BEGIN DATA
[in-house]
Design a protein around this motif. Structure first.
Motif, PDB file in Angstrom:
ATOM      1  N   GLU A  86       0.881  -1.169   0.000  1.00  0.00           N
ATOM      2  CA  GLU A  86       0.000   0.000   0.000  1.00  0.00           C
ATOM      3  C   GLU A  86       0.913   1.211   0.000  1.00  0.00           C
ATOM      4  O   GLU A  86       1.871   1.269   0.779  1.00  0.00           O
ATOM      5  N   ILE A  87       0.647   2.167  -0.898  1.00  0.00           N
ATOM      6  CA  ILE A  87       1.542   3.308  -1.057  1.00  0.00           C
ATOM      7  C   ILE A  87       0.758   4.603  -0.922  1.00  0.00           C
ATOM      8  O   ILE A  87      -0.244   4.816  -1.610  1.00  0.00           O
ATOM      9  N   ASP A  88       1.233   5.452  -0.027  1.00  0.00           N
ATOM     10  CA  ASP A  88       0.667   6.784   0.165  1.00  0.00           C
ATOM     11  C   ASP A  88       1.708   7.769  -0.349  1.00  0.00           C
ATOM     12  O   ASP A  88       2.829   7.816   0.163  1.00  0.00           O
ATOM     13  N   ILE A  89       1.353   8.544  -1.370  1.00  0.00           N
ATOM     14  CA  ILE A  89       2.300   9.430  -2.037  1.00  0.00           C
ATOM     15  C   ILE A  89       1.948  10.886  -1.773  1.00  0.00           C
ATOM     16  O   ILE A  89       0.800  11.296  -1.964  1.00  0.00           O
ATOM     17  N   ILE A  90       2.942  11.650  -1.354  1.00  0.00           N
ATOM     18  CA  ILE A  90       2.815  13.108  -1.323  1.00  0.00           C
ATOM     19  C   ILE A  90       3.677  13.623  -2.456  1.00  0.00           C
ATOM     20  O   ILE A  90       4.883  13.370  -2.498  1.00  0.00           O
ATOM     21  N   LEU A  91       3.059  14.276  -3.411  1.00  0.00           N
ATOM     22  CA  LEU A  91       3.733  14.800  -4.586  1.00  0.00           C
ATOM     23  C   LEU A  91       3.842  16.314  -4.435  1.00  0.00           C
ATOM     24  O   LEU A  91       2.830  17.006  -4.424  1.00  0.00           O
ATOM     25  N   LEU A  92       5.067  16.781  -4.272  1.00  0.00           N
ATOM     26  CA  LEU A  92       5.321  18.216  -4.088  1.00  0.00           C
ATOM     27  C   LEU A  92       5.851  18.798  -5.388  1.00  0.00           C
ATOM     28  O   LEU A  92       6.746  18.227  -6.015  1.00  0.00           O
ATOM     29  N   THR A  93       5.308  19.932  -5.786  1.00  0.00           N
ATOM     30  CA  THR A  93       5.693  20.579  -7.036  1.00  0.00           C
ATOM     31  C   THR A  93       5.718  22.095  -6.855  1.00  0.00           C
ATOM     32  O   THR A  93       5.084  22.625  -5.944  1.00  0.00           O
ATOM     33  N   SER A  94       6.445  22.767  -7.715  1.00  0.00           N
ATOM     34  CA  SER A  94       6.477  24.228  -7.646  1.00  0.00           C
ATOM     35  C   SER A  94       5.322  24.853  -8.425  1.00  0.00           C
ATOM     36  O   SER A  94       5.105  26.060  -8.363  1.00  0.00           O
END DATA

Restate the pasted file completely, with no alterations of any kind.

[in-house]
Design a protein around this motif. Structure first.
Motif, PDB file in Angstrom:
ATOM      1  N   GLU A  86       0.881  -1.169   0.000  1.00  0.00           N
ATOM      2  CA  GLU A  86       0.000   0.000   0.000  1.00  0.00           C
ATOM      3  C   GLU A  86       0.913   1.211   0.000  1.00  0.00           C
ATOM      4  O   GLU A  86       1.871   1.269   0.779  1.00  0.00           O
ATOM      5  N   ILE A  87       0.647   2.167  -0.898  1.00  0.00           N
ATOM      6  CA  ILE A  87       1.542   3.308  -1.057  1.00  0.00           C
ATOM      7  C   ILE A  87       0.758   4.603  -0.922  1.00  0.00           C
ATOM      8  O   ILE A  87      -0.244   4.816  -1.610  1.00  0.00           O
ATOM      9  N   ASP A  88       1.233   5.452  -0.027  1.00  0.00           N
ATOM     10  CA  ASP A  88       0.667   6.784   0.165  1.00  0.00           C
ATOM     11  C   ASP A  88       1.708   7.769  -0.349  1.00  0.00           C
ATOM     12  O   ASP A  88       2.829   7.816   0.163  1.00  0.00           O
ATOM     13  N   ILE A  89       1.353   8.544  -1.370  1.00  0.00           N
ATOM     14  CA  ILE A  89       2.300   9.430  -2.037  1.00  0.00           C
ATOM     15  C   ILE A  89       1.948  10.886  -1.773  1.00  0.00           C
ATOM     16  O   ILE A  89       0.800  11.296  -1.964  1.00  0.00           O
ATOM     17  N   ILE A  90       2.942  11.650  -1.354  1.00  0.00           N
ATOM     18  CA  ILE A  90       2.815  13.108  -1.323  1.00  0.00           C
ATOM     19  C   ILE A  90       3.677  13.623  -2.456  1.00  0.00           C
ATOM     20  O   ILE A  90       4.883  13.370  -2.498  1.00  0.00           O
ATOM     21  N   LEU A  91       3.059  14.276  -3.411  1.00  0.00           N
ATOM     22  CA  LEU A  91       3.733  14.800  -4.586  1.00  0.00           C
ATOM     23  C   LEU A  91       3.842  16.314  -4.435  1.00  0.00           C
ATOM     24  O   LEU A  91       2.830  17.006  -4.424  1.00  0.00           O
ATOM     25  N   LEU A  92       5.067  16.781  -4.272  1.00  0.00           N
ATOM     26  CA  LEU A  92       5.321  18.216  -4.088  1.00  0.00           C
ATOM     27  C   LEU A  92       5.851  18.798  -5.388  1.00  0.00           C
ATOM     28  O   LEU A  92       6.746  18.227  -6.015  1.00  0.00           O
ATOM     29  N   THR A  93       5.308  19.932  -5.786  1.00  0.00           N
ATOM     30  CA  THR A  93       5.693  20.579  -7.036  1.00  0.00           C
ATOM     31  C   THR A  93       5.718  22.095  -6.855  1.00  0.00           C
ATOM     32  O   THR A  93       5.084  22.625  -5.944  1.00  0.00           O
ATOM     33  N   SER A  94       6.445  22.767  -7.715  1.00  0.00           N
ATOM     34  CA  SER A  94       6.477  24.228  -7.646  1.00  0.00           C
ATOM     35  C   SER A  94       5.322  24.853  -8.425  1.00  0.00           C
ATOM     36  O   SER A  94       5.105  26.060  -8.363  1.00  0.00           O